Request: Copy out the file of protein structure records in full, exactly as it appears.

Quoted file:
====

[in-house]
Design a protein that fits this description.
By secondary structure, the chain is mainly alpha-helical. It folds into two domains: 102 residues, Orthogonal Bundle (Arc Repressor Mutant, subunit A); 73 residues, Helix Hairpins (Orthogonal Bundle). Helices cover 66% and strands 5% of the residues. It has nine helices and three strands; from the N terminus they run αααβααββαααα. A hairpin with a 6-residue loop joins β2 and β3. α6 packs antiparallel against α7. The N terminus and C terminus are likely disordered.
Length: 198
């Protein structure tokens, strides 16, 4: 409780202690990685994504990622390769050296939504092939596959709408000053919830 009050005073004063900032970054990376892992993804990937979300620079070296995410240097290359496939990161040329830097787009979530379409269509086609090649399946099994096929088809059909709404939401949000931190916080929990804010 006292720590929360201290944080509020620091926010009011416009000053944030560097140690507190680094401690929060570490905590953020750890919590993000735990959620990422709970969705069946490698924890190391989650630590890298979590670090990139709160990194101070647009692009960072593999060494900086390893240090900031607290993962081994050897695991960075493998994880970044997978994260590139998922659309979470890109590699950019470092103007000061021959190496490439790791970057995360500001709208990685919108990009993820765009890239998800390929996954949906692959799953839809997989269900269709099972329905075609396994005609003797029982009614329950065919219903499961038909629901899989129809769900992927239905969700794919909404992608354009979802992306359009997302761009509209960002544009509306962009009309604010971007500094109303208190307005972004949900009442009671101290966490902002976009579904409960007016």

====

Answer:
[in-house]
Design a protein that fits this description.
By secondary structure, the chain is mainly alpha-helical. It folds into two domains: 102 residues, Orthogonal Bundle (Arc Repressor Mutant, subunit A); 73 residues, Helix Hairpins (Orthogonal Bundle). Helices cover 66% and strands 5% of the residues. It has nine helices and three strands; from the N terminus they run αααβααββαααα. A hairpin with a 6-residue loop joins β2 and β3. α6 packs antiparallel against α7. The N terminus and C terminus are likely disordered.
Length: 198
């Protein structure tokens, strides 16, 4: 409780202690990685994504990622390769050296939504092939596959709408000053919830 009050005073004063900032970054990376892992993804990937979300620079070296995410240097290359496939990161040329830097787009979530379409269509086609090649399946099994096929088809059909709404939401949000931190916080929990804010 006292720590929360201290944080509020620091926010009011416009000053944030560097140690507190680094401690929060570490905590953020750890919590993000735990959620990422709970969705069946490698924890190391989650630590890298979590670090990139709160990194101070647009692009960072593999060494900086390893240090900031607290993962081994050897695991960075493998994880970044997978994260590139998922659309979470890109590699950019470092103007000061021959190496490439790791970057995360500001709208990685919108990009993820765009890239998800390929996954949906692959799953839809997989269900269709099972329905075609396994005609003797029982009614329950065919219903499961038909629901899989129809769900992927239905969700794919909404992608354009979802992306359009997302761009509209960002544009509306962009009309604010971007500094109303208190307005972004949900009442009671101290966490902002976009579904409960007016």